- Acquisition of securities by residents outside India: - Resident individuals can acquire or hold securities of the resulting foreign company pursuant to the compliance with the Foreign Exchange Management (Transfer or issue of any Foreign Security) Regulations, 2004 and provided that the fair market value of such securities is within the prescribed limits under the Liberalized Remittance Scheme laid down in the Act or rules or regulations framed thereunder.
- Office of the Indian Company: - Pursuant to the sanction of the scheme by the NCLT, the office of the Indian Company shall be deemed to be the branch office of the resulting company and it shall be permitted to undertake any transaction for the Branch office in accordance with Foreign Exchange Management (Establishment in India of a branch office or a liaison office or a project office or any other place of business) Regulations, 2016.
- Guarantees or Outstanding Borrowings of the Foreign Company: - The guarantees or outstanding borrowings of the Indian company now getting transferred in the name of the resulting company shall be repaid as per the Scheme sanctioned by the NCLT in terms of the Companies (Compromises, Arrangement or Amalgamation) Rules, 2016 but it shall not acquire such liability to be paid to the lender in rupees, which is not in conformity with the Act or rules or regulations made thereunder. A no-objection certificate to this effect should be obtained from the lenders in India of the Indian company
- Assets/Securities/Liabilities to be acquired by the Resulting company: - If the resulting company is permitted to acquire assets/liabilities in India by the ‘Act’, it can transfer the same in any manner for undertaking transactions permitted under the Act and if such assets are not permitted to be acquired/held or any liabilities are there not permitted to be acquired /held, such assets shall be sold within two years and the proceeds shall be repatriated immediately outside India through banking channels, or; such liabilities can be paid off directly from such proceeds within a period of two years.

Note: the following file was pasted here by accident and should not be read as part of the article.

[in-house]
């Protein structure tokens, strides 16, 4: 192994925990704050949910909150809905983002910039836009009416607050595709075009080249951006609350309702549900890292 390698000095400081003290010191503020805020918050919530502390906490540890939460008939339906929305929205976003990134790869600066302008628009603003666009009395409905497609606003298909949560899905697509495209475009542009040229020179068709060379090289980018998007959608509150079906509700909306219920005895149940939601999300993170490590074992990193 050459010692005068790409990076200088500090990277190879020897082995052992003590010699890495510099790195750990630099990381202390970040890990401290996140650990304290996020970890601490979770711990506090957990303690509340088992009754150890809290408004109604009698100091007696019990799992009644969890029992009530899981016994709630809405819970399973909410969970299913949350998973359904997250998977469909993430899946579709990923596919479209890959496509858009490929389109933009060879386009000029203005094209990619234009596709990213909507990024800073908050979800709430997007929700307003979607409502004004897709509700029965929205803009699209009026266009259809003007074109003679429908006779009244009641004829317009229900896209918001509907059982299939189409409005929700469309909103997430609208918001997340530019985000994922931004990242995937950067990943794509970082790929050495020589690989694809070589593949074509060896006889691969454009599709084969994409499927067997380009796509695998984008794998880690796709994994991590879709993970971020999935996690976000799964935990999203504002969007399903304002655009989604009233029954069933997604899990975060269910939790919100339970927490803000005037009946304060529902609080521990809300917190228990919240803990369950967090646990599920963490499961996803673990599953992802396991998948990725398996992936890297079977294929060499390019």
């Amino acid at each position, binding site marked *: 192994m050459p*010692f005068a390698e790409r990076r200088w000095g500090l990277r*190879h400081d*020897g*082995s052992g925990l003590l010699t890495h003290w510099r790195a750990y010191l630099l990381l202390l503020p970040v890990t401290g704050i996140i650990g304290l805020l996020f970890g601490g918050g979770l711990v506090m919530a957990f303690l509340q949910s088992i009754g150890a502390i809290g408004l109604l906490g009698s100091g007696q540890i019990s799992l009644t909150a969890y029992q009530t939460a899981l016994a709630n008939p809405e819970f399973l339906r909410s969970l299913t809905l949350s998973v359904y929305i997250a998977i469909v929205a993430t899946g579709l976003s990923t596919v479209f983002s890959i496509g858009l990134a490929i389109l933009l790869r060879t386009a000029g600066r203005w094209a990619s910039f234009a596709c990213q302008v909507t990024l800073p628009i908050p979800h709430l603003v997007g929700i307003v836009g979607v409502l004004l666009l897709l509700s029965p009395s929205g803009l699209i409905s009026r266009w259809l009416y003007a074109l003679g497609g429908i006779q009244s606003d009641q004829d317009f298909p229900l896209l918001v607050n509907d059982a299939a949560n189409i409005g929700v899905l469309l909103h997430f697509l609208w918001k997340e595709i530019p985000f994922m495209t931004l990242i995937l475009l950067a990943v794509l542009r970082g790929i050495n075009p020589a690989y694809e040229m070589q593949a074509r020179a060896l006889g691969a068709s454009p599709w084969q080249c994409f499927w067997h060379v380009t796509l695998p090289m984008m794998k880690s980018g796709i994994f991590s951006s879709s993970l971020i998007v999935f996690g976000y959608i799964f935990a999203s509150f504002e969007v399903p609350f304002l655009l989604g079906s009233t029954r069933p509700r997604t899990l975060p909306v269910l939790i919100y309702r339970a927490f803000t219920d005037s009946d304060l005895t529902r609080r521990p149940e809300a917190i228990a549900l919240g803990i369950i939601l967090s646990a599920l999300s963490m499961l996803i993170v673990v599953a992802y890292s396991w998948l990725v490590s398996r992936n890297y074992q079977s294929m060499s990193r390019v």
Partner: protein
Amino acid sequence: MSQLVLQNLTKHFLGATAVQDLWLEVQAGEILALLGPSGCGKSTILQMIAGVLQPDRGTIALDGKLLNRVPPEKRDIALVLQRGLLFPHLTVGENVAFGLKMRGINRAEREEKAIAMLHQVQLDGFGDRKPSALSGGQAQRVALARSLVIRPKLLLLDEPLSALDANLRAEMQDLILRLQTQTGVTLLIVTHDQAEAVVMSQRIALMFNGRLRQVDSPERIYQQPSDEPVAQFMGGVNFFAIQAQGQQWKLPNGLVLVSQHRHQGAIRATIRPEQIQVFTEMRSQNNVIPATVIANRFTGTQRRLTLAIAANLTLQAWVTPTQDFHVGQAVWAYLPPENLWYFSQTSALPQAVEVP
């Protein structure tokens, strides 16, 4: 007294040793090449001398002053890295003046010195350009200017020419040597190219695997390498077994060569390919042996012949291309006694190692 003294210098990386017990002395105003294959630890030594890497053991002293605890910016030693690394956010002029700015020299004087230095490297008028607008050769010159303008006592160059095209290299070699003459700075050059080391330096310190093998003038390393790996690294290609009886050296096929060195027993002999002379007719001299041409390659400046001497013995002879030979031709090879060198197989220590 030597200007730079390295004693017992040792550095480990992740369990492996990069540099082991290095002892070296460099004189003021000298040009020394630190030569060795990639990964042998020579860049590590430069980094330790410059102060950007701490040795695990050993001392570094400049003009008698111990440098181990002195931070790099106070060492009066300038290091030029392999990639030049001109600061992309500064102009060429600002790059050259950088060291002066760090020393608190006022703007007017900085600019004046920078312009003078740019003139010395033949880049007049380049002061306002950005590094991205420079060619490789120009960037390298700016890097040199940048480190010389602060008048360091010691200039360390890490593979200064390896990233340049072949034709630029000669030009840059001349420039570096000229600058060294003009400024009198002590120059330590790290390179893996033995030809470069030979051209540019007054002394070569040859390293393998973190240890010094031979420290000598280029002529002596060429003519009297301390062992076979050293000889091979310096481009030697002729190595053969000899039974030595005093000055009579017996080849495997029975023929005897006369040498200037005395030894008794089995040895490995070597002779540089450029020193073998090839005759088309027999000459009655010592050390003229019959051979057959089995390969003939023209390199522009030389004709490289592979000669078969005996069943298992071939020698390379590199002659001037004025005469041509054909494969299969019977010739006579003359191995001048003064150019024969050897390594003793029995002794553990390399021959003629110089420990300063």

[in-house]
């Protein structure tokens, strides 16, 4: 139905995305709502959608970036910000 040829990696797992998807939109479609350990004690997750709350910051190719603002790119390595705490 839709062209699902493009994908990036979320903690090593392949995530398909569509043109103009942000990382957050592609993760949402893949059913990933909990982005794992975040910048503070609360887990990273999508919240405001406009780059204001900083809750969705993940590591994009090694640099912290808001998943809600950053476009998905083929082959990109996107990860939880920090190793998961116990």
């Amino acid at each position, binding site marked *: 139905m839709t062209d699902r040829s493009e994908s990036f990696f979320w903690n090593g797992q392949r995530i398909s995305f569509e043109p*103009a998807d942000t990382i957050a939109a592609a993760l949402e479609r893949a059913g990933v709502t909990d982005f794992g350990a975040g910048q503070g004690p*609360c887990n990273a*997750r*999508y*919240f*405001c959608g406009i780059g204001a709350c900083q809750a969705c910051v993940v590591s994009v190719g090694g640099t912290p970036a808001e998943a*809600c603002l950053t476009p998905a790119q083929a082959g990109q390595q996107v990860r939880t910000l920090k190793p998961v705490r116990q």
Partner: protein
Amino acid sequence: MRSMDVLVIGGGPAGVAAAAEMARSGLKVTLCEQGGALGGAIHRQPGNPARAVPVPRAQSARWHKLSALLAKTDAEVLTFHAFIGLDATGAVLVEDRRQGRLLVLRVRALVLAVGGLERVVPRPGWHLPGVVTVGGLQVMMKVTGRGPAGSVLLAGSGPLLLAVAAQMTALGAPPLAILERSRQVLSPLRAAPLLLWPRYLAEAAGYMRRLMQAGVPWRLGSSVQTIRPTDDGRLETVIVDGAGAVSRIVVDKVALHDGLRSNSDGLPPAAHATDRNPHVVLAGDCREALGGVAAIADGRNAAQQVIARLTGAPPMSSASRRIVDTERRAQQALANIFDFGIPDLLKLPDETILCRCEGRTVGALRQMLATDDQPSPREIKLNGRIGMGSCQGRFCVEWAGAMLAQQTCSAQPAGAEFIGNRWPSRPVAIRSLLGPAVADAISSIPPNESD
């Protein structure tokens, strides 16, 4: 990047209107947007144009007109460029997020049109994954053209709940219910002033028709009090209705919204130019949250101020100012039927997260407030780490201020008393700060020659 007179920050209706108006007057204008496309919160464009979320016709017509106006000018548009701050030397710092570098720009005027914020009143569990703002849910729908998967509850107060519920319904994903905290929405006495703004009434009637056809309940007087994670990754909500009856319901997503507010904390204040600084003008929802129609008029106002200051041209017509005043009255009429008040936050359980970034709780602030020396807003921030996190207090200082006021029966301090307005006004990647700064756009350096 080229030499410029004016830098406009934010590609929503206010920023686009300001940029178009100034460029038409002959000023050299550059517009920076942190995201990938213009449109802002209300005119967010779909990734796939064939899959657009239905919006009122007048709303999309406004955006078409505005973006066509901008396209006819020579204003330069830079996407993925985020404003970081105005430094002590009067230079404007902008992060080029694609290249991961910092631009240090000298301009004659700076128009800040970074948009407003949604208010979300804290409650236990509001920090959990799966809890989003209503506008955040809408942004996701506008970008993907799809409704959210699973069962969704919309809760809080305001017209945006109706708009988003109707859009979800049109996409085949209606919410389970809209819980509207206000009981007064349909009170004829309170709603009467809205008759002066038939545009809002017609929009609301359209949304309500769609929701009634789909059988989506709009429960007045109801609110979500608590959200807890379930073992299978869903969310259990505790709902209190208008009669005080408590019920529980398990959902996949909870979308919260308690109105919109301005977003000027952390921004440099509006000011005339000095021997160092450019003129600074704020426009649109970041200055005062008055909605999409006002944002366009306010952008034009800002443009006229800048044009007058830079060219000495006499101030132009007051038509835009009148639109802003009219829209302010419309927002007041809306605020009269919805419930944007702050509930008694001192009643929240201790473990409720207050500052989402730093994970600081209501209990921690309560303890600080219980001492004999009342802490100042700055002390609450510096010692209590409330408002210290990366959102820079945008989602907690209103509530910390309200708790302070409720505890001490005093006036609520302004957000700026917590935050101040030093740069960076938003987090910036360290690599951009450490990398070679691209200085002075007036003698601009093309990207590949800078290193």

- Opening of a temporary bank account: - The resulting company may open a Special Non-Resident Rupee Account (SNRR Account) in accordance with the Foreign Exchange Management (Deposit) Regulations, 2016 for the purpose of putting through transactions under these Regulations for a maximum period of two years from the date of sanction of scheme.
The companies involved in the cross border merger shall ensure that regulatory actions, if any, prior to merger, with respect to non-compliance, contravention, violation, as the case may be, of the Act or the Rules or the Regulations framed thereunder shall be completed.
The resultant company and/or the companies involved in the cross border merger shall be required to furnish reports as may be prescribed by the Reserve Bank, in consultation with the Government of India, from time to time.
Role of the Reserve Bank in the approval: Onerous condition
Sub-section (2) of Section 234 of the Companies Act, 2013 requires a prior Reserve Bank approval in the cross-border mergers. This is unusual and should be left to the wisdom of the authorities managing Foreign Exchange Management Act, 1999 and its Regulations, prescribing the exchange control laws in India. It should be noticed, that even under the current framework, Regulation 7 of the FEMA (Transfer or Issue of Security by a Person Resident outside India) Regulations, 2000 (‘FEMA 20’) mere reporting to the Reserve Bank by the transferee or the new company within the 30 days period in the manner prescribed is the general norm to be followed. Only respite is, that sub-section (2) is ‘subject to any other law for time being in force’. Thus, Regulation 7 of FEMA 20 should override the prior approval requirements. A corresponding overriding provision will have to be introduced in the FEMA (Transfer or Issue of any Foreign Security) Regulations, 2004 (‘FEMA 120’) for the benefit of cross border mergers involving a foreign transferee company. In Rule 25A of the (Compromises, Arrangement or Amalgamation) Rules, 2016 it is also clarified that no amendment shall be made in this rule without consultation of the Reserve Bank of India.